Monthly Archives: January 2012

The Matrix that is Your Mind

I have been banging on about how our brain constructs our reality in my books, lectures and most recently the Royal Institution Christmas Lectures (which are now permanently up on the Ri Channel). This reality even includes our sense of self – book out in a couple of months! The examples I usually give come from Gaetano Kanizsa’s seminal work with subjective contours. Not only do you see illusory shapes but you can record from brain regions that register these illusions as if they are really there.

Recently, a group of vision scientists demonstrated that individuals who were told that there were faces present in half of 10,000 random dot images believed that they detected them. Not really that surprising because we tend to believe what people (especially scientists in white coats) tell us. For me the interesting finding was differential brain activity on trials when they thought there was a face present.

Differential brain activity is a bit of a methodological nightmare as the past decades of brain imaging research has proven. What does that activity mean? There are a number of real problems unpicking what this activity reflects. I don’t think imaging by itself is going to convince critics. But here is one demonstration that I learned about this week that blew my mind for elegance. Take a look at these images.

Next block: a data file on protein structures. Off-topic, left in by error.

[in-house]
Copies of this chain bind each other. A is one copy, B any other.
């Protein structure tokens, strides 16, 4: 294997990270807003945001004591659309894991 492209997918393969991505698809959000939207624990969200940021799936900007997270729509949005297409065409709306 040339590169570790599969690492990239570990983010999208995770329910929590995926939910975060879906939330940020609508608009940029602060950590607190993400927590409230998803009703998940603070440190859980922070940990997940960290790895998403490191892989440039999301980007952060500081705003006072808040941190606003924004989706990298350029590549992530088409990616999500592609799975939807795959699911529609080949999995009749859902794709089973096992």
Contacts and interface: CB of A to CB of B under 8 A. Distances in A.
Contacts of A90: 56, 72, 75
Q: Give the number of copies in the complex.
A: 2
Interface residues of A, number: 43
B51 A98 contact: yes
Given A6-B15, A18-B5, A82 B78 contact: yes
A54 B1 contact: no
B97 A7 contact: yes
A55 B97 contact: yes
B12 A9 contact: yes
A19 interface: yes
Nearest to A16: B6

A brightness illusion - the centre on the left looks brighter

This is beautiful brightness illusion. The centre of the pattern on the left looks much brighter – but it isn’t – it’s an illusion. But here’s the kicker. If you measure pupil size of the viewer, there is significant decrease in pupil size. This is normal response to brightness and has always been considered a basic low level reflex to calibrate for the amount of light entering the eye. Clearly, an illusion produces a change in the brain and its activity from the top-down all the way to lower level mechanisms.

The British philosopher Julian Baggini recently presented a great TED talk on the self “Is there a real you?” which I highly recommend. It is aimed at a young audience but none the less makes some critically important points. However, I think that he has misrepresented my position (and Susan Blackmore’s) when I say that the self is an illusion. That’s because I don’t think that Baggini (and many other smart people) understand my use of the term “illusion.” An illusion is not what it seems and I make this point explicit every time I talk about the mind.

The experience of self is very real, just like illusions, and this sense may even produce changes that are measurable. But consider the reality of ghosts. If we think we see a ghost, then to all intents and purposes, effectively we have. That does not make ghosts real. In the same way, if we think we have a self, and indeed measure activity of the self, that also does not make it real. Just like the Matrix, you do not have any direct contact with reality.